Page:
British Counter-intelligence Against The Indian Revolutionary Movement During World War I - Counter-intelligence - in The United States

In The United States

Main article: Ghadar Conspiracy See also: Guy Gaunt and Sir William Wiseman, 10th Baronet

In the United States, the conspiracy was successfully infiltrated by British intelligence through both Irish as well as Indian channels. The activities of Ghadar on the Pacific coast were noted by W. C. Hopkinson, who had grown up in India and spoke fluent Hindi. Initially W.C.H. had been despatched from Calcutta to keep the Indian Police informed about the doings of Taraknath Das. The Home department of the British Indian government had begun the task of actively tracking Indian seditionists on the East Coast as early as 1910. Francis Cunliffe Owen, the officer heading the Home Office agency in New York, had become thoroughly acquainted with George Freeman alias Fitzgerald and Myron Phelps, the famous New York advpcate, as members of the Clan-na-Gael. Owens' efforts were successful in thwarting the SS Moraitis plan. The Ghadar Party was incidentally established after Irish Republicans, sensing infiltration, encouraged formation of an exclusively Indian society. Following this, a number of approaches were adopted, including infiltration through a "Native" Indian intelligence officer by the name of Bela Singh who successfully set up a network of agents passing on information to British intelligence, as well as the use of the famous American Pinkerton's detective agency. W. C. Hopkinson himself was assassinated in a court in Victoria by a Ghadarite called Mewa Singh in October 1914.

Later, on instructions from British secret service, Robert Nathan transferred his work to the Pacific coast North America where the Ghadar Party worked closely with the German consulate at San Francisco to obtain arms and men for what came to be known as the Ghadar Conspiracy. Working with Thomas J Tunney, the head of New York Bomb Squad, Nathan's works successfully brought the Ghadarites and staff at the German consulate to trial following the Annie Larsen arms plot. He organised the Hindu-German conspiracy trial, which at the time was the longest in merican legal history. He was responsible for the arrest of Chandrakanta Chakraverty and his subsequent interrogation, along with that Ernst Sekunna. Through March 1917, Nathan worked closely with William Wiseman, and negotiated with the US State Department the details of the case against the Indian conspirators. He strongly supported granting the garuantee to the United States of not being held responsible for violation of neutrality. An Irish double agent by the name of Charles Lamb is said to have passed on the majority of the information that compromised the Annie Larsen and ultimately helped the construction of the prosecution. An Indian operative, codenamed "C" and described most likely to have been the adventurous Chandra Kanta Chakravarty (later the chief prosecution witness in the trial), also passed on the details of the conspiracy to British and American intelligence.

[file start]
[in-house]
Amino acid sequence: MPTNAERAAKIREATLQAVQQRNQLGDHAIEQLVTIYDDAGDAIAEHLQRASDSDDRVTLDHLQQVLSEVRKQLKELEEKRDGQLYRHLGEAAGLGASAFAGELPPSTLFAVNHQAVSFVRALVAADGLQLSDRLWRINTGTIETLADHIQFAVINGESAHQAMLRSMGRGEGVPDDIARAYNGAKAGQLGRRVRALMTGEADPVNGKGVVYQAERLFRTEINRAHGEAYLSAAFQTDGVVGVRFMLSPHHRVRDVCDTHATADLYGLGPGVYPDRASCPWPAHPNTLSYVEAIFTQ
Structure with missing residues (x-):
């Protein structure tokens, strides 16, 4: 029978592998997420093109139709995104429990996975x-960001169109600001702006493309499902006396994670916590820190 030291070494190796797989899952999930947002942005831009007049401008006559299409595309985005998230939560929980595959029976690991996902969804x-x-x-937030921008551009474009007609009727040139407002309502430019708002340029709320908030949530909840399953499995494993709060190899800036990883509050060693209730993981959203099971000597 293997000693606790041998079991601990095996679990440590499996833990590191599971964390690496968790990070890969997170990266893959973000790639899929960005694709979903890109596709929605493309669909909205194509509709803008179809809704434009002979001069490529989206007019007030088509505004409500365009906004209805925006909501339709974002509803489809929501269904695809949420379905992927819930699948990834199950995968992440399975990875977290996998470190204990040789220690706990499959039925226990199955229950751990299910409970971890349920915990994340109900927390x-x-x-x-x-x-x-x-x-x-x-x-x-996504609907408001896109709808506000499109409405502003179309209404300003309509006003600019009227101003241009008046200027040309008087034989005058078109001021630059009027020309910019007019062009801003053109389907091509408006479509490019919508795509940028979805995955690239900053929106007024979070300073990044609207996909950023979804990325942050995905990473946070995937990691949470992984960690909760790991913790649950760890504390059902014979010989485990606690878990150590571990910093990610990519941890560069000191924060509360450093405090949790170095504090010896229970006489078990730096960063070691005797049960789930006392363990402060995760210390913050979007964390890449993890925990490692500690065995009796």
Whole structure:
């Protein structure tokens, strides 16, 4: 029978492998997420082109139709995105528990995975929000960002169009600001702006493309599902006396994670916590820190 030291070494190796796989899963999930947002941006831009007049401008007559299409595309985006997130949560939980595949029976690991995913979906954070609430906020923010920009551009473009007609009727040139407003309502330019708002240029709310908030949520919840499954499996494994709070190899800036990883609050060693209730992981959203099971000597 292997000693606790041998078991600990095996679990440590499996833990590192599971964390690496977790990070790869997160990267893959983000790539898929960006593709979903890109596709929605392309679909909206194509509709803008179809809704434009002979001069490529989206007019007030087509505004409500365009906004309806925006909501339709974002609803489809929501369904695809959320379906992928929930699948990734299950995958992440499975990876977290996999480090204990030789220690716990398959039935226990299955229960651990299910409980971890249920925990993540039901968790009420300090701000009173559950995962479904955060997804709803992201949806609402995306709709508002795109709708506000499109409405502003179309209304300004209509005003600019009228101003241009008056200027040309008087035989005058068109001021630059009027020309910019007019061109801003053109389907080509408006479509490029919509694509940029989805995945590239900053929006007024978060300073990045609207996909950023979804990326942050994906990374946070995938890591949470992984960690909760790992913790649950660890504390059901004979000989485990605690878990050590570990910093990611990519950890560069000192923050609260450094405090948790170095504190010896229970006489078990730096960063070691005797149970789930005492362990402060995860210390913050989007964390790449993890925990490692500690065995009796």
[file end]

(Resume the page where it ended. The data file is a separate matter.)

The Czech revolutionary network in Europe also had a role in the uncovering of Bagha Jatin's plans. The network was in touch with the members in the United States, and may have also been aware of and involved in the uncovering of the earlier plots. The American network, headed by E.V. Voska, was a counter-espionage network of nearly 80 members who, as Habsburg subjects, were presumed to be German supporters but were involved in spying on German and Austrian diplomats. Voska had begun working with Guy Gaunt, who headed Courtenay Bennett's intelligence network, at the outbreak of the war and on learning of the plot from the Czech European network, passed on the information to Gaunt and to Tomáš Masaryk who further passed on the information the American authorities.

Read more about this topic:  British Counter-intelligence Against The Indian Revolutionary Movement During World War I, Counter-intelligence

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